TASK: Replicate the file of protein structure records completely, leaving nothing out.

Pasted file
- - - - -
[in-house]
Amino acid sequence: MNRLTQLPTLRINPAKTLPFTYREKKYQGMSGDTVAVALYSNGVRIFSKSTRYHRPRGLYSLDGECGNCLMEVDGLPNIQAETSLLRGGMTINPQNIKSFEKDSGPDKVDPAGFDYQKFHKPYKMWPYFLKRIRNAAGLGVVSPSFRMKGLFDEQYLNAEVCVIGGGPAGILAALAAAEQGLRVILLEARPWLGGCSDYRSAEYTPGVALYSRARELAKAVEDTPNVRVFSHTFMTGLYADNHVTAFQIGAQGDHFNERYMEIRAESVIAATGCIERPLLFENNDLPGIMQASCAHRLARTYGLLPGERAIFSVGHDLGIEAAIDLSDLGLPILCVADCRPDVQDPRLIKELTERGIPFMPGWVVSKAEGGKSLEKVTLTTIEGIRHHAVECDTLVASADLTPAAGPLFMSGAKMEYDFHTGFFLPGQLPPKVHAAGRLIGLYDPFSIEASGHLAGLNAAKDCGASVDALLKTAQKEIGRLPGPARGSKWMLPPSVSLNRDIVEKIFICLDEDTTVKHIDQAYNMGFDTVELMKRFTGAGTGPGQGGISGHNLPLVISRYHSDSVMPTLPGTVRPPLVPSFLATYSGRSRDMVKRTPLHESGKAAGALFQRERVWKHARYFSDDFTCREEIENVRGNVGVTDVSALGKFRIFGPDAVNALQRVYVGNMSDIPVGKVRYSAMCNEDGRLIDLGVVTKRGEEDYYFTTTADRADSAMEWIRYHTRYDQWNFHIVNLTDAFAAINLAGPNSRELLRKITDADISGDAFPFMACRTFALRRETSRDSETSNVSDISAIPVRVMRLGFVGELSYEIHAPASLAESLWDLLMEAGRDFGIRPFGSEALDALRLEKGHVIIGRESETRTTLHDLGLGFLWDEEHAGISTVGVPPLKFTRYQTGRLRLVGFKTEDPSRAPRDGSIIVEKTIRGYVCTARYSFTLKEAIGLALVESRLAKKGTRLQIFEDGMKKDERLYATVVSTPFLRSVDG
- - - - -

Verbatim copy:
[in-house]
Amino acid sequence: MNRLTQLPTLRINPAKTLPFTYREKKYQGMSGDTVAVALYSNGVRIFSKSTRYHRPRGLYSLDGECGNCLMEVDGLPNIQAETSLLRGGMTINPQNIKSFEKDSGPDKVDPAGFDYQKFHKPYKMWPYFLKRIRNAAGLGVVSPSFRMKGLFDEQYLNAEVCVIGGGPAGILAALAAAEQGLRVILLEARPWLGGCSDYRSAEYTPGVALYSRARELAKAVEDTPNVRVFSHTFMTGLYADNHVTAFQIGAQGDHFNERYMEIRAESVIAATGCIERPLLFENNDLPGIMQASCAHRLARTYGLLPGERAIFSVGHDLGIEAAIDLSDLGLPILCVADCRPDVQDPRLIKELTERGIPFMPGWVVSKAEGGKSLEKVTLTTIEGIRHHAVECDTLVASADLTPAAGPLFMSGAKMEYDFHTGFFLPGQLPPKVHAAGRLIGLYDPFSIEASGHLAGLNAAKDCGASVDALLKTAQKEIGRLPGPARGSKWMLPPSVSLNRDIVEKIFICLDEDTTVKHIDQAYNMGFDTVELMKRFTGAGTGPGQGGISGHNLPLVISRYHSDSVMPTLPGTVRPPLVPSFLATYSGRSRDMVKRTPLHESGKAAGALFQRERVWKHARYFSDDFTCREEIENVRGNVGVTDVSALGKFRIFGPDAVNALQRVYVGNMSDIPVGKVRYSAMCNEDGRLIDLGVVTKRGEEDYYFTTTADRADSAMEWIRYHTRYDQWNFHIVNLTDAFAAINLAGPNSRELLRKITDADISGDAFPFMACRTFALRRETSRDSETSNVSDISAIPVRVMRLGFVGELSYEIHAPASLAESLWDLLMEAGRDFGIRPFGSEALDALRLEKGHVIIGRESETRTTLHDLGLGFLWDEEHAGISTVGVPPLKFTRYQTGRLRLVGFKTEDPSRAPRDGSIIVEKTIRGYVCTARYSFTLKEAIGLALVESRLAKKGTRLQIFEDGMKKDERLYATVVSTPFLRSVDG